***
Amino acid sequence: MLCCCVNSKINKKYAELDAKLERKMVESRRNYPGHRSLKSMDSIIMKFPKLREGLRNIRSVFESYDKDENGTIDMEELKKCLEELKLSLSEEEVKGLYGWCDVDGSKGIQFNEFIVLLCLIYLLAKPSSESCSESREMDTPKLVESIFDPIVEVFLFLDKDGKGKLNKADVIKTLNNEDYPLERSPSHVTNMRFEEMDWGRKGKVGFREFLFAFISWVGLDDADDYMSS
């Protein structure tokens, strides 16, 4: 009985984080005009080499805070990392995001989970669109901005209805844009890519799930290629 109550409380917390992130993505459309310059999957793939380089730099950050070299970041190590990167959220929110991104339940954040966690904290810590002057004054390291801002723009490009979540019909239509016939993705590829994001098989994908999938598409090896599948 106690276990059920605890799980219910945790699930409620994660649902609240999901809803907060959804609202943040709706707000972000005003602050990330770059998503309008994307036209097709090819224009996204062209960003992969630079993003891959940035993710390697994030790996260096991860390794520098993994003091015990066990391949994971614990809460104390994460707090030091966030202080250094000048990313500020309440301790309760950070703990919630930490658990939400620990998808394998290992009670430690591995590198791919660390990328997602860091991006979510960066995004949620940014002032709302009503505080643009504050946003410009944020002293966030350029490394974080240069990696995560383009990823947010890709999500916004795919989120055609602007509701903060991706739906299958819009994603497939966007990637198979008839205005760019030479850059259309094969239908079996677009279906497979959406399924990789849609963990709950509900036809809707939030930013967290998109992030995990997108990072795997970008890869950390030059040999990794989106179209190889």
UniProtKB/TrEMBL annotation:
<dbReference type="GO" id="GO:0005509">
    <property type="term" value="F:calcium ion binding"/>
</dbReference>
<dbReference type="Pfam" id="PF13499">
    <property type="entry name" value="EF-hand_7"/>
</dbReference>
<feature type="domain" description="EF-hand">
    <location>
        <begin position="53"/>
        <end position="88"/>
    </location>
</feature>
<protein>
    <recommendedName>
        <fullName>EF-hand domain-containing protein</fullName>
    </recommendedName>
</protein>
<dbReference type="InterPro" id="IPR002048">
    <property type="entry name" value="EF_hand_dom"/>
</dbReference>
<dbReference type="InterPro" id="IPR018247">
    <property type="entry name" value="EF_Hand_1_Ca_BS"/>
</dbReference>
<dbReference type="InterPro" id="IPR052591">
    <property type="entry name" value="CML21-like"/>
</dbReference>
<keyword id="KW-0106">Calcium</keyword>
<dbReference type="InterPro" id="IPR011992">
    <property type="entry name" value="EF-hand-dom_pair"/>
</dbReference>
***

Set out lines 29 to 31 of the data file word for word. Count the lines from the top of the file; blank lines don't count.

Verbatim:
</dbReference>
<keyword id="KW-0106">Calcium</keyword>
<dbReference type="InterPro" id="IPR011992">